Blockchain Could Bridge Data Divide Between Oil Producers, Pipeline Firms

Blockchain Could Bridge Data Divide Between Oil Producers, Pipeline Firms
Firm thinks blockchain tech could cut costs, improve transparency and data quality in maintaining crude oil purity standards.

The redundancy in pipeline monitoring and data collection equipment that oil producers and midstream operators use to maintain crude oil purity standards can yield extra costs, poor transparency and inconsistent data quality. A U.S.-Canadian digital technology consulting firm contends that blockchain technology could help to dramatically mitigate these problems.

“We’ve heard from customers that often the producer and the operator will each depend on their own separate proving equipment at the point of custody transfer, potentially costing hundreds of thousands of dollars in additional expense,” Scotty Perkins, senior vice president of product innovation with Quisitive, told Rigzone. “They also will install duplicate flow and safety measurement equipment to ensure that the operator is protecting the transit areas and the integrity of the product as it’s being transported. They do this because they’ve been conditioned by experience to only trust their own data, mostly due to poorly calibrated equipment, but also due to unscrupulous behavior.”

Small variations in basic sediment and water (BS&W) and specific gravity measurements can greatly affect the sale price of the product, explained Perkins, adding that the producer wants assurances it is being treated responsibly.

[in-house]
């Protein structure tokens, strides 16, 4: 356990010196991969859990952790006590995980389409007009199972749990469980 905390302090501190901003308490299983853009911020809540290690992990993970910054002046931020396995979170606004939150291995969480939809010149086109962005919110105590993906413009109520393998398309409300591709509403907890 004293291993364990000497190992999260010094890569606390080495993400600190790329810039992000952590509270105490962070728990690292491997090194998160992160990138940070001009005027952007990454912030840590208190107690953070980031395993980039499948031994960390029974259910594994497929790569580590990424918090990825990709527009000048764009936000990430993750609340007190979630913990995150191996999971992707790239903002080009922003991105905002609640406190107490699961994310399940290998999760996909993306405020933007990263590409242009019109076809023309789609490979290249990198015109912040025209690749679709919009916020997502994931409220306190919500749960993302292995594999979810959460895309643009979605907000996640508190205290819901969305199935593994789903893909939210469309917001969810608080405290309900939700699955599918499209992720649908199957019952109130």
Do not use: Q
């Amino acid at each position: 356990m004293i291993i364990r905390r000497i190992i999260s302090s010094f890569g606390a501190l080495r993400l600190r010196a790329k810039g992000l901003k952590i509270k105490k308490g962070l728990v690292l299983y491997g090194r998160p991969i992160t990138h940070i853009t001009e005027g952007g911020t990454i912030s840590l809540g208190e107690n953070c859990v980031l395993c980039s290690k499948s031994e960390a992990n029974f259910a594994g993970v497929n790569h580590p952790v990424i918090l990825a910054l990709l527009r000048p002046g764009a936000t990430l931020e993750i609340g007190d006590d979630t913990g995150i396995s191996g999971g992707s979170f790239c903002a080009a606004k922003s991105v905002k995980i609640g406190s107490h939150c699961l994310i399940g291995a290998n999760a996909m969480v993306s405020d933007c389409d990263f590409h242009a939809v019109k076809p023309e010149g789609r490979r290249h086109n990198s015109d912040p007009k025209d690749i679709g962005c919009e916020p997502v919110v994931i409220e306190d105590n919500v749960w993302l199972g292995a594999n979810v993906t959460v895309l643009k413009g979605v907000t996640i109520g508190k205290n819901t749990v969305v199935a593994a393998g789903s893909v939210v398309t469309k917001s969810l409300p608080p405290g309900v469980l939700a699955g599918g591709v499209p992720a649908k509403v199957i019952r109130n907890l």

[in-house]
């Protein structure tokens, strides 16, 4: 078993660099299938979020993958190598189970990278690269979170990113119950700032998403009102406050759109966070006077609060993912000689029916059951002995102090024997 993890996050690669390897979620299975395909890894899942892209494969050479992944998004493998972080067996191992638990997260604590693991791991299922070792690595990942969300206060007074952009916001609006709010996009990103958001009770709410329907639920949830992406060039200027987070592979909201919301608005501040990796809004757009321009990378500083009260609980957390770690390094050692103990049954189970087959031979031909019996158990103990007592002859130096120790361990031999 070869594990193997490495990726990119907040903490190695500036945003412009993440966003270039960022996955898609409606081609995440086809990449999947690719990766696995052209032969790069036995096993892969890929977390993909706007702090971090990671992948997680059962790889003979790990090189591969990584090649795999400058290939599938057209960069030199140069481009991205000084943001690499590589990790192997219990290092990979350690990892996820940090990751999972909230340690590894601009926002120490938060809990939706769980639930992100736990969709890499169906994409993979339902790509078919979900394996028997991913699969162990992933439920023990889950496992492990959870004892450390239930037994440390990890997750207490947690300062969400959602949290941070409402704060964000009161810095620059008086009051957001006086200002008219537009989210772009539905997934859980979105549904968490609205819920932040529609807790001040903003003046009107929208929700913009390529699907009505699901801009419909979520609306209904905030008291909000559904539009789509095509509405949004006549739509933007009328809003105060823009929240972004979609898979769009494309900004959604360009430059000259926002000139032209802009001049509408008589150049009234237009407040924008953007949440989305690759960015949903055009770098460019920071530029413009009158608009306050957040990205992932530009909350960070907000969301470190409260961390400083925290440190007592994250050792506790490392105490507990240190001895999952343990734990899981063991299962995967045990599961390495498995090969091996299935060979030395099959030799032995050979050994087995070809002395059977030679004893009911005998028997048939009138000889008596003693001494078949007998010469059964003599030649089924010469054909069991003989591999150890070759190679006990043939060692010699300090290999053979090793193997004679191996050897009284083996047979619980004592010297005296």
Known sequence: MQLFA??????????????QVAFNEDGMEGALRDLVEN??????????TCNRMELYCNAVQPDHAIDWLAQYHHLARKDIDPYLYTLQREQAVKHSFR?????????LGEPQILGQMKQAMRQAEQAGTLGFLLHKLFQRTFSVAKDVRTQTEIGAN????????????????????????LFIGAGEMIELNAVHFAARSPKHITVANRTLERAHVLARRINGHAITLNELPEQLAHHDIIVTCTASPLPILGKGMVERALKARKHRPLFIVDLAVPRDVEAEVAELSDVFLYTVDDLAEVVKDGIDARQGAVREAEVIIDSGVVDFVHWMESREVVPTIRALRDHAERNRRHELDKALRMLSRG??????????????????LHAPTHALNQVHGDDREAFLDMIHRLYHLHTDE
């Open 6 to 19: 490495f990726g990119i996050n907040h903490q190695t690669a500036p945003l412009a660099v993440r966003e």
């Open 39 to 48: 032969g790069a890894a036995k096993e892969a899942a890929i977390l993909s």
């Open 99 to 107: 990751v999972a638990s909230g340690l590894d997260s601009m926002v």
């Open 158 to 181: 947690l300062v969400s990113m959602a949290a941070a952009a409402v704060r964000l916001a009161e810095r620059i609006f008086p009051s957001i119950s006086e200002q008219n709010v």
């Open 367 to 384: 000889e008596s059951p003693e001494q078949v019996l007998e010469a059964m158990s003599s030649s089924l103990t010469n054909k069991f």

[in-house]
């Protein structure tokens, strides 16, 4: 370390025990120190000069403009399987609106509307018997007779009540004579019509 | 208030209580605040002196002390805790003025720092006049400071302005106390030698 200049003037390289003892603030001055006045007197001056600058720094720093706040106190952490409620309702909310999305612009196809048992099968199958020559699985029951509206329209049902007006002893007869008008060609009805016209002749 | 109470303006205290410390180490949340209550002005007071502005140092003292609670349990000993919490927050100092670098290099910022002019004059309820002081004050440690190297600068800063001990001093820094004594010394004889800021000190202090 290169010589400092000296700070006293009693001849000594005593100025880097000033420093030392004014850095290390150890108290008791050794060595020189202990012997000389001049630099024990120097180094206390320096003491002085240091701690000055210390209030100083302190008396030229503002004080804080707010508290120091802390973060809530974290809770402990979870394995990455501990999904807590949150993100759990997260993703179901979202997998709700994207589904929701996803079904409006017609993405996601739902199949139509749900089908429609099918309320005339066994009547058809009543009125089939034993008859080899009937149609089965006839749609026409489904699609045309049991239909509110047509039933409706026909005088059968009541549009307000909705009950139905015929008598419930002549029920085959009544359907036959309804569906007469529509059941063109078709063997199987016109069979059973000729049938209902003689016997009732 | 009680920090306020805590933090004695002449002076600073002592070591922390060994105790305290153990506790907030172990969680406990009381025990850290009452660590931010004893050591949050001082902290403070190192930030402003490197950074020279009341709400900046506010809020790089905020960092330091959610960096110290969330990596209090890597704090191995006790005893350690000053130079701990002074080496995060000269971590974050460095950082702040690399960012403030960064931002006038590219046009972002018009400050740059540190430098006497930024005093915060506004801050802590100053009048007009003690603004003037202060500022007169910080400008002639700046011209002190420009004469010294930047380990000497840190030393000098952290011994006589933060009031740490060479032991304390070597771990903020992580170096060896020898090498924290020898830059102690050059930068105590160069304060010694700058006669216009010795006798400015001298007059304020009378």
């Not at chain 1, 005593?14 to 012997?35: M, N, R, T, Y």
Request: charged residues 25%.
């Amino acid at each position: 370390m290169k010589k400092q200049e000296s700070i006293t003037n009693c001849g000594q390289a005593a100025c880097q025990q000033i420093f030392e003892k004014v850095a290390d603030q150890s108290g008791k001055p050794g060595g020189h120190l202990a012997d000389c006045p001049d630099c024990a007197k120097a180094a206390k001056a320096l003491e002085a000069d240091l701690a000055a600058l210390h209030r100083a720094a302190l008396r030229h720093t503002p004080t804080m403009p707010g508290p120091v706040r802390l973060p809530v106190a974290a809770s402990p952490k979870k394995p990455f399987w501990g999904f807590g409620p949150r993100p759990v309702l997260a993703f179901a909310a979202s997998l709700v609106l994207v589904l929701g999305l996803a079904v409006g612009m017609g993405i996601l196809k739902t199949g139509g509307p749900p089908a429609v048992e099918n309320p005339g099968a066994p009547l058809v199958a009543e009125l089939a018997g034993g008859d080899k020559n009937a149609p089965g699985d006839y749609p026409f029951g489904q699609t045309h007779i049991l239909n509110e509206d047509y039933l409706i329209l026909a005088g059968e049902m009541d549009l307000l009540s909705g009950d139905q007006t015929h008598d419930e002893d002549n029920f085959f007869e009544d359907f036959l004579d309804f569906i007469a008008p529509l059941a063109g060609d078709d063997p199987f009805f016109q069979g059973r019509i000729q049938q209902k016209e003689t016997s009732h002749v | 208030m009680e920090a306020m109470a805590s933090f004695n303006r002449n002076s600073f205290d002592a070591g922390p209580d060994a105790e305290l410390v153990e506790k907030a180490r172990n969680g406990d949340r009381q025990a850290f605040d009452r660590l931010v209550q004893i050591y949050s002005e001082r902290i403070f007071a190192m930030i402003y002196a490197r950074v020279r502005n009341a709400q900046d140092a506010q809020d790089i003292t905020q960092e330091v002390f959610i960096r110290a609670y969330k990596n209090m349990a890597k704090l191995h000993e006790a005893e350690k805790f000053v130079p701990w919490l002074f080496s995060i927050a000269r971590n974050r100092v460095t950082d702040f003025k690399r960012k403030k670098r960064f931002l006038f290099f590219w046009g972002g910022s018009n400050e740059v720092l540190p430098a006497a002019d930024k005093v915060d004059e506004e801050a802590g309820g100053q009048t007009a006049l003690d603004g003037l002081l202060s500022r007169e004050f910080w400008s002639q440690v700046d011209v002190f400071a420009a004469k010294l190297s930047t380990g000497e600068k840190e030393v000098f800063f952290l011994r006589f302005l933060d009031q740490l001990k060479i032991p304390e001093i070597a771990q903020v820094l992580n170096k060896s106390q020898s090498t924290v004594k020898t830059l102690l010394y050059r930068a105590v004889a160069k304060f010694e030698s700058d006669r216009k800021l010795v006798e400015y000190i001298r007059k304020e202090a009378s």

“This leads to not only substantial capital investment, but also the ongoing cost and frustration associated with reconciling two sources of data when evaluating the operator’s performance to the contract,” Perkins said.

Finding Common Ground

Quisitive, a unit of Toronto-based Fusion Agiletech Partners, recently unveiled a proof-of-concept (POC) – “Blockchain Oil Pipeline” – that it maintains would ensure trustworthy data that the producer and pipeline company can agree on. Consequently, the company asserts the blockchain platform – a distributed digital ledger for recording transactions – would cut redundancy and boost profitability for both parties.

“Blockchain-based processes make data trustworthy, accessible and tamper-evident,” said Perkins. “Moreover, for heavily monitored or regulated processes, it makes operating data much easier to audit and reconcile, saving operators and producers substantial costs.”

During a May 21 strategy briefing at the Microsoft Technology Center in Houston, Quisitive presented the POC for their platform to an invited group of oil and gas executives. The company stated that it plans similar demonstrations in Dallas, Denver and Toronto in the coming months.

According to Quisitive, the demonstration POC uses Microsoft Azure Blockchain Workbench and Internet of Things (IoT) technology. Perkins outlined the four basic steps of Blockchain Oil Pipeline as follows: